From chapter 2, Films from the Future: The technology and Morality of Science Fiction Movies
Most of my professional life has been involved with risk in one way or another. Much of my early published scientific research was aimed at reducing the health risks from inhaling airborne particles. I’ve worked extensively on understanding and reducing the health and environmental risks of nanotechnology and other emerging technologies. I’ve taught risk assessment, I’ve written about risk, and I’ve run academic centers that are all about risk. And if there’s one thing I’ve learned over the years, it’s that I have less and less patience for how many people tend to think about risk.
The problem is that, while established approaches to risk work reasonably well when it comes to protecting people and the
environment from conventional technologies, they run out of steam rather fast when we’re facing technologies that can achieve things we never imagined. To co-opt a Biblical metaphor, we’re in danger of desperately trying to squeeze the new wine of technological innovation into the old wineskins of conventional risk thinking, and at some point, something’s going to give. If we’re to develop new technologies in socially responsible ways, we need to realign how we think about risk with the capabilities of the innovations we’re creating.
This is the idea behind the concept of Risk Innovation, which is where much of my current work lies. Over the past couple of hundred years—pretty much since the beginning of the Industrial Revolution—we’ve become quite adept at developing new ways of causing harm. And over time we’ve become equally adept at developing ways of assessing and managing the risks associated with innovation, whether they arise from mining and manufacturing, exposure to new chemicals and materials, or pollution. But these approaches to risk belong to a different world than the one we’re now creating. With emerging and converging technologies, it’s becoming increasingly apparent that, in order to navigate a radically shifting risk landscape, we need equally radical innovation in how to think about and act on risk.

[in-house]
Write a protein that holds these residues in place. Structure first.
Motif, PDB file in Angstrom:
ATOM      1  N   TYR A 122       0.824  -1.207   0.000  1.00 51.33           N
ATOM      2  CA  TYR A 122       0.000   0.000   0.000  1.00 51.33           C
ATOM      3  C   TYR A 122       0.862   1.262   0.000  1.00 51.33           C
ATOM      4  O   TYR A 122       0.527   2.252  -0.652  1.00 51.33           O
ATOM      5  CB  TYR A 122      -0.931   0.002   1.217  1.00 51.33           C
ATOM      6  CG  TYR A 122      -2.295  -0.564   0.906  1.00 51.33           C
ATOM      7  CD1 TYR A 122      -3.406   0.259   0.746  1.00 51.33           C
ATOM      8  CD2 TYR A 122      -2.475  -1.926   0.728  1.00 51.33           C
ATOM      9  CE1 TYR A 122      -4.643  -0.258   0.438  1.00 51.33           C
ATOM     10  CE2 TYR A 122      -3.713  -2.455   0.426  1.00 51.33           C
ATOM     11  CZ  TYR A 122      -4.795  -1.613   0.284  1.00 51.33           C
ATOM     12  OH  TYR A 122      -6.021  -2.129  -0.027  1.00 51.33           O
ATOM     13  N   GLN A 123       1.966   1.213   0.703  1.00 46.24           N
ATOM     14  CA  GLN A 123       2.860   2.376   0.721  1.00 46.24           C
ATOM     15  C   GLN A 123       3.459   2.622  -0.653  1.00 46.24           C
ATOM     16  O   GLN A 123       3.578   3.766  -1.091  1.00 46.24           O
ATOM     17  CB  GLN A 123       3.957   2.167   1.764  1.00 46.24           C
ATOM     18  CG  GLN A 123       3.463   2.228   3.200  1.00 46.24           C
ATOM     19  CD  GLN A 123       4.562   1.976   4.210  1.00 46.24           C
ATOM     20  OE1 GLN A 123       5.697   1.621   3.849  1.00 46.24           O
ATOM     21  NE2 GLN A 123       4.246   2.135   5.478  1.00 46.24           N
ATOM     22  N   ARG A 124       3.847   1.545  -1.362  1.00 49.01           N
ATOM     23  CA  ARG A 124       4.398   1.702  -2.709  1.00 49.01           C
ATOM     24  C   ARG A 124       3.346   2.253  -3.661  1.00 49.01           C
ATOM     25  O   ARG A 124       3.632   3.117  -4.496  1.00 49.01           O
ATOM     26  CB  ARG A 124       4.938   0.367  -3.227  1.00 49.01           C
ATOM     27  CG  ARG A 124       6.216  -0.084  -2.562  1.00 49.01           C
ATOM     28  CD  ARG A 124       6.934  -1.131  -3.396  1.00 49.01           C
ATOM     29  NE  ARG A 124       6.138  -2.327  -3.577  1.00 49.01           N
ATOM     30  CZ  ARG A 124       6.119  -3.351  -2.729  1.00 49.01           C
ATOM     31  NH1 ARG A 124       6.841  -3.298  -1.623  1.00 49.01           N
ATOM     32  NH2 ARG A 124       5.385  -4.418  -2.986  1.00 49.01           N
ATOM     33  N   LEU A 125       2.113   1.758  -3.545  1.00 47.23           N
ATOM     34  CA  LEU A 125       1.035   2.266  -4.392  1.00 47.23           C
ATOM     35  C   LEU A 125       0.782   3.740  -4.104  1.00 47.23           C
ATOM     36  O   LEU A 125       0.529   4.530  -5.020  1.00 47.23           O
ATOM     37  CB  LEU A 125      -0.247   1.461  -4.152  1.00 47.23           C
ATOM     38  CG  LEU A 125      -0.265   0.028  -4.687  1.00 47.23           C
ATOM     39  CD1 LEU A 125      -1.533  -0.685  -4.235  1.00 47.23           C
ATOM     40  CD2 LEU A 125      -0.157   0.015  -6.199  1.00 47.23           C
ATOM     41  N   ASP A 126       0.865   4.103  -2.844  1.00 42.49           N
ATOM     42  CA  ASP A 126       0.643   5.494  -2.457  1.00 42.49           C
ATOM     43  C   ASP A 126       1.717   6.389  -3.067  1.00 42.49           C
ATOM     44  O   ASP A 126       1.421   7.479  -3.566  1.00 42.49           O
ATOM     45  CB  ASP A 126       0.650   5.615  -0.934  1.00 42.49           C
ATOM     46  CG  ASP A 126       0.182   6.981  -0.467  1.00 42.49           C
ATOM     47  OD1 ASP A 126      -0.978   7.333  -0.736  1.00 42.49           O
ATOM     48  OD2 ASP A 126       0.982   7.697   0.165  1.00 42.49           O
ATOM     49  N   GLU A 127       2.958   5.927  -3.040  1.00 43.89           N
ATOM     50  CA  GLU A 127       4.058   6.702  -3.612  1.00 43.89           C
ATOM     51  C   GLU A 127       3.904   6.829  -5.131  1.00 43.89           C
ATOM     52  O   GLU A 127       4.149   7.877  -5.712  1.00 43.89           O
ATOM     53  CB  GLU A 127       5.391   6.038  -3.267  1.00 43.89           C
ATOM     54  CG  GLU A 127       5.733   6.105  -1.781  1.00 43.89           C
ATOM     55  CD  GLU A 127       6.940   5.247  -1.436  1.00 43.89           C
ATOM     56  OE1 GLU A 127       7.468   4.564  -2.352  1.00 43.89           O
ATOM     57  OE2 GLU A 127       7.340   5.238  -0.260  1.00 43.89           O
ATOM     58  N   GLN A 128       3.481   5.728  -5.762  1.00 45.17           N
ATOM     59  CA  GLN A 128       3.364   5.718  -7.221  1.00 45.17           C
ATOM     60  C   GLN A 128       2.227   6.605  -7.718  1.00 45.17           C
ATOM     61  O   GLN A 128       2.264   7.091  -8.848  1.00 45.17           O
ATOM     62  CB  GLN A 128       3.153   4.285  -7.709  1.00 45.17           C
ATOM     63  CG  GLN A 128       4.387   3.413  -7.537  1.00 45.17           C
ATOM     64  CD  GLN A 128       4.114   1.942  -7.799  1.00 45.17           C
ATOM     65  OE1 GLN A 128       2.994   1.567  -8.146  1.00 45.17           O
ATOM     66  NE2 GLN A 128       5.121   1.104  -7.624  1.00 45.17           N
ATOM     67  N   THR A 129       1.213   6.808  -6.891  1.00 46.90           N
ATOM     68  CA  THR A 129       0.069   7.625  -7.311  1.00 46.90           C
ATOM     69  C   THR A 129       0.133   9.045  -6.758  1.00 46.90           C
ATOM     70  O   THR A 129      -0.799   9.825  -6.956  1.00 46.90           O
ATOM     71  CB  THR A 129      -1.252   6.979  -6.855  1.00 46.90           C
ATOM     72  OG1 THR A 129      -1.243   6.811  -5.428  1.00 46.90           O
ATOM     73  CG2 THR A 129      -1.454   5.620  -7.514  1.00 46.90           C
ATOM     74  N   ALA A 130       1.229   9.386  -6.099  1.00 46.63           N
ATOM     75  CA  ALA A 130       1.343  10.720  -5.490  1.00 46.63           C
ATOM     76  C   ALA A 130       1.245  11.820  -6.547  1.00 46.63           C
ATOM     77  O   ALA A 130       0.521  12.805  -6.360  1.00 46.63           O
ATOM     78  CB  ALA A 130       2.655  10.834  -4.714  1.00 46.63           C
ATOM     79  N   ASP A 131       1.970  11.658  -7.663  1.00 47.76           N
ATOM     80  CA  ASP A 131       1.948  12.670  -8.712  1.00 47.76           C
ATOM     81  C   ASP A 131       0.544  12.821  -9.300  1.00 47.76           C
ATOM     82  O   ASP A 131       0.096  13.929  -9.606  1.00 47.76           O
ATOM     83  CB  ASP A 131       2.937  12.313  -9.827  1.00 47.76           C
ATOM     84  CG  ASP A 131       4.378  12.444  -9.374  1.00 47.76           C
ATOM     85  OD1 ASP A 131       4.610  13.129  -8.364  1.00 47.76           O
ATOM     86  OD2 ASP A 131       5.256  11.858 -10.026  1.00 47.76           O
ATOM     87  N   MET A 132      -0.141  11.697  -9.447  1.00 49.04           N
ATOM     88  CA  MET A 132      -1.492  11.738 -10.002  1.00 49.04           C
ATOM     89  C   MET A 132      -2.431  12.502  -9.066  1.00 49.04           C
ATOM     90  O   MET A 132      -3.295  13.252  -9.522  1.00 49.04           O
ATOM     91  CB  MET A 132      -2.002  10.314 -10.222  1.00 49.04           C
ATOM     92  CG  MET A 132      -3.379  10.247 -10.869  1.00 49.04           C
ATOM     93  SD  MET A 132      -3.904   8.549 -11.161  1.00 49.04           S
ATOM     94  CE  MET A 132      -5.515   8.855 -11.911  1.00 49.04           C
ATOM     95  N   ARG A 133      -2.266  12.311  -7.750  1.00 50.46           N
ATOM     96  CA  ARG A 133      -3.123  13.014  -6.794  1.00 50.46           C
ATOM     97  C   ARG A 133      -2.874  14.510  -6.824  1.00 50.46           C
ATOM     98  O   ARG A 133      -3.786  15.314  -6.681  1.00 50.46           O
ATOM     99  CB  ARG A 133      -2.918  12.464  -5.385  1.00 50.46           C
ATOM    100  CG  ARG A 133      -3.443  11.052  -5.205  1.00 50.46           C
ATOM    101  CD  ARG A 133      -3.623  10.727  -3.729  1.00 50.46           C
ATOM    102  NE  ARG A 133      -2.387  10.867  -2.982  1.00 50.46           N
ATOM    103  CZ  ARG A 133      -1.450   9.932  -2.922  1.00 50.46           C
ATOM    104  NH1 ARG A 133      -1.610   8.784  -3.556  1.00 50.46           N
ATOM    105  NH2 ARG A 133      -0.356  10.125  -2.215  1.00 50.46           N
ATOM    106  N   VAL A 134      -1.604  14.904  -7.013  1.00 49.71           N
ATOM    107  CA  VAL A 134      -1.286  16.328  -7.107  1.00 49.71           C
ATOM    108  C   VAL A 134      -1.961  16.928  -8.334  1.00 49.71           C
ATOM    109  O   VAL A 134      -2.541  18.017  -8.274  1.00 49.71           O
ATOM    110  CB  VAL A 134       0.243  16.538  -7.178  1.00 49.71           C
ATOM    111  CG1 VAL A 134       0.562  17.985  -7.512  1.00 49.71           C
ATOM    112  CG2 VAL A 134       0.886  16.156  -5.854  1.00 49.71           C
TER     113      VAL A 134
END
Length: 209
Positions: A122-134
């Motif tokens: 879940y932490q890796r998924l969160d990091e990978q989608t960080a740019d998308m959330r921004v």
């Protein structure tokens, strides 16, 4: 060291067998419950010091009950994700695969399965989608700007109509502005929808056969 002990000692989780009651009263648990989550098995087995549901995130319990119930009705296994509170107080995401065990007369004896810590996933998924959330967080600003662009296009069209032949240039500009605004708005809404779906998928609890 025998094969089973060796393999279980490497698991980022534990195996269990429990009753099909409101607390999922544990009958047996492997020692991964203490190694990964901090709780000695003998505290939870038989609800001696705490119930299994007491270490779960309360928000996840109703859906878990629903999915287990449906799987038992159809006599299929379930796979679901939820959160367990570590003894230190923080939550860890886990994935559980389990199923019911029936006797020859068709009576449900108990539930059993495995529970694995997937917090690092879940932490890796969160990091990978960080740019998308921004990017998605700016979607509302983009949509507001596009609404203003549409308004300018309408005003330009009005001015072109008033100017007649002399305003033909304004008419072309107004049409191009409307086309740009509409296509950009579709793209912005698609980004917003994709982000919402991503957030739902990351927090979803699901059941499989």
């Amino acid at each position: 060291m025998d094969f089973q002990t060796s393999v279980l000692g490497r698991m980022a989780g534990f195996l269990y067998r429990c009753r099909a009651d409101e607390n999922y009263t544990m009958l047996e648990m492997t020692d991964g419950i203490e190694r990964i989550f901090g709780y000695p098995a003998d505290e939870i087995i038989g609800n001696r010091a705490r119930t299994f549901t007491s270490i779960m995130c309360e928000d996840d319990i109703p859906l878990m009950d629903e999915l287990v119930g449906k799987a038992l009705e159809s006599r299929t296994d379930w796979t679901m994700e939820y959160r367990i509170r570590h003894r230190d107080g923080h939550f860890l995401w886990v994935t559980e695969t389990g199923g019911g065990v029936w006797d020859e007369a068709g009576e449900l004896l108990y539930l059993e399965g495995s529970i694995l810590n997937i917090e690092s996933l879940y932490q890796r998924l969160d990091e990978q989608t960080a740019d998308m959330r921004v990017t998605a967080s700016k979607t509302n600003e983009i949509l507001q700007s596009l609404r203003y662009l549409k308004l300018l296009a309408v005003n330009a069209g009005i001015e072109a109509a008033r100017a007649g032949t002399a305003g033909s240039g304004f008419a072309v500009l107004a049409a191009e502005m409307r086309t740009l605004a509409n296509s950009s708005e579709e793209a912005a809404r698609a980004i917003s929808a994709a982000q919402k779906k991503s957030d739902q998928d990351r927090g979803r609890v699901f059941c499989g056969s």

Perhaps not surprisingly, risk is at the core of all the movies here. Each of these films has a risk-based narrative tension that keeps its audience hooked. Yet it’s not always apparent that it’s risk that keeps you glued to the screen, or holding your breath, or even reaching for the tissues in places. Most of us are used to thinking about risk in terms of someone’s life being put in danger, or perhaps the environment and ecosystems being threatened, and there’s plenty of this in the book. But these movies also explore other, subtler risks, including threats to dignity, belonging, identity, belief, even what it means to be human.
These are rather unconventional ways of thinking about risk, and they get at what is so important to us that our lives are diminished if it’s denied us, or taken from us. Because of this, they make considerable sense as we begin to think about how new technologies will potentially affect our lives and how to develop and use them responsibly. This is a way of thinking about risk that revolves around threats to what is important to us, whether it’s something we have and can’t face losing, or something we aspire to and cannot bear to lose sight of. This includes our health, our well- being, and the environment we live in, but it also extends to less tangible but equally important things that we deeply value.
In each of the movies here, the characters we follow risk either losing something of great importance to them, or being unable to gain something that they aspire to. In many of the movies, the types of risks these characters face aren’t always immediately obvious, but they profoundly impact the consequences of the technologies being developed and used, and it’s this insight that opens up interesting and new ways of thinking about the social consequences of technological innovation. And so we discover that, in Jurassic Park (chapter two), John Hammond’s dream of creating the world’s most amazing theme park is at risk. In the movie Never Let Me Go (chapter three), it’s the threat to Tommy’s hope for the future that brings us to tears. And in Ghost in the Shell (chapter seven), it’s Major Kusanagi’s sense of who and what she is. There are also more conventional risks in each of these movies. Yet, by revealing these less obvious risks, these movies reveal new and often powerful ways to think about developing new technologies without causing unnecessary and unexpected harm.
In this way, the movies here provide what are often quite startling insights into the social challenges and opportunities surrounding emerging technologies. Watching them with an open mind and a critical eye can reveal subtle connections between irresponsible innovation and threats to what people value or aspire to, which in turn have profound implications for society more broadly. And this is where their creativity and imagination have the power to lift us out of the rut of conventional thinking, and allow us to see opportunities and dangers that extend beyond the world of make- believe and into the technological future we are striving to create.